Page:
Adapting yoga and meditation into your schedule

 

Attending a yoga or meditation class even once a week can have a big impact on your overall health and wellness. A guided class will allow you to dedicate at least an hour to your practice without distraction. If you are unable to find the time to attend a class, there are many guided meditation and yoga sequences available on the internet. Finding a quiet place in the house and spending ten minutes a day at a scheduled time will help you develop the important habit of taking time out for yourself. You can then extend your practice to a longer period of time as the weeks go on.

 

The simple act of focusing on your breath will do wonders at reducing your stress levels and calming your mind. When you have a relaxed stress response system you will notice deeper breathing, a lowered heart rate and a positive change in your overall mood.

 

Hopefully in the future we will see the prevalence of many more yoga and meditation programs offered in place of prescription medication to treat a variety of mental illness and mind-body related disease.

 

Please share with family and loved ones.  Call us with your questions, healthcare concerns, and let us develop a personalized healthcare plan for you.

 

Health and Wellness Associates

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Lifestyle

Should You Meditate to Loose Weight

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Using Meditation

for Weight Loss

 

Most dieters are

willing to try just about anything to make the weight loss process easier. Most

of us would also like to lose weight faster and more cheaply, as well.  That’s why meditation for weight loss is such

a great idea. If you haven’t considered it, maybe you should. Meditation for

weight loss can be a healthy and effective way to eat better and lose weight.

 

What is Meditation?

First, let’s be clear about what meditation is.

If you don’t currently practice meditation, you might imagine

that the process involves sitting in an uncomfortable position for extended

periods of time, breathing deeply and thinking about nothing. That’s not really

what meditation is all about.

Meditation is simply the act of focusing your attention in order to become

more mindful.

The

American Meditation Society explains that “during meditation

the attention flows inward instead of engaging in the outside world of

activity.”  According to the organization, a meditation practice can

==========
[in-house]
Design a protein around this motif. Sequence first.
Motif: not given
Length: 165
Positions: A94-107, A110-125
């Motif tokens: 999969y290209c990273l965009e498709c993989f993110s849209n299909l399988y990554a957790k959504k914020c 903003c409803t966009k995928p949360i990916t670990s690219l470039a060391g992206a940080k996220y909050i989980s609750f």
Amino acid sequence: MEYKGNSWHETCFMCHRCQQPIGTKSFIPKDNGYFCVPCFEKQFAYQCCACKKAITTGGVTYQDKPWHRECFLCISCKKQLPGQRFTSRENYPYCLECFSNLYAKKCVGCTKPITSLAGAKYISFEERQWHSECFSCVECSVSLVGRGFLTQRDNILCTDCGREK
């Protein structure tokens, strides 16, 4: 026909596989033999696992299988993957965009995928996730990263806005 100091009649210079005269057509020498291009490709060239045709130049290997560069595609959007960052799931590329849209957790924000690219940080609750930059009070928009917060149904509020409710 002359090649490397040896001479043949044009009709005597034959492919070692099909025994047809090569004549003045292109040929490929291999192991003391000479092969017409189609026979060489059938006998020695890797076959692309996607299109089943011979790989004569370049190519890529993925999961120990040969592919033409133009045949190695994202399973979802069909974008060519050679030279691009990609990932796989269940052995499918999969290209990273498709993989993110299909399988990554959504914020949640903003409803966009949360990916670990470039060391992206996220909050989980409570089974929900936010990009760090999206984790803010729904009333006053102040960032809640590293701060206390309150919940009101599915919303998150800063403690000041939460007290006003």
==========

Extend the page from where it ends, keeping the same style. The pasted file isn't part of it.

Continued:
awaken positive qualities in you.

Meditation for Weight Loss

Scientists have studied the effects of meditation on our bodies and have

found that the practice can help us to relax, sleep better and improve our

health. But they are also beginning to explore the ways in which meditation can

help us lose weight.

In a one recent research review scientists

evaluated the role the way in which meditation can affect weight loss and

certain behaviors that are often linked to poor eating.

They found that mindful meditation can help to decrease the

frequency of emotional eating and binge eating.

Of course, researchers can’t say that meditation alone will make you lose

weight. But since the practice of meditation is free, carries no side effects

and

provides

other health benefits, why not use it to help you curb emotionaleating and create more mindful food habits?

How Should I Meditate to Lose Weight?

If you’d like to give meditation a try, the first step is to choose a

practice. There are several meditation styles but they all follow the same

basic technique of quieting the mind and taking time to breathe and become more

aware of your body in the present moment.  You can

try different

methods to see which one works best for you.

To refine your practice you’ll find plenty of free resources on the web,

like the

Free Guided Meditations from the

UCLA Mindful Awareness Research Center.  Or if you prefer apersonal approach, you can

find a

teacher in your area through the American Meditation Society.

Remember that no weight loss meditation practice can help you lose weight

without changes to your diet and activity plan. But a program of mindful

awareness is likely to make the process easier and may help you to keep the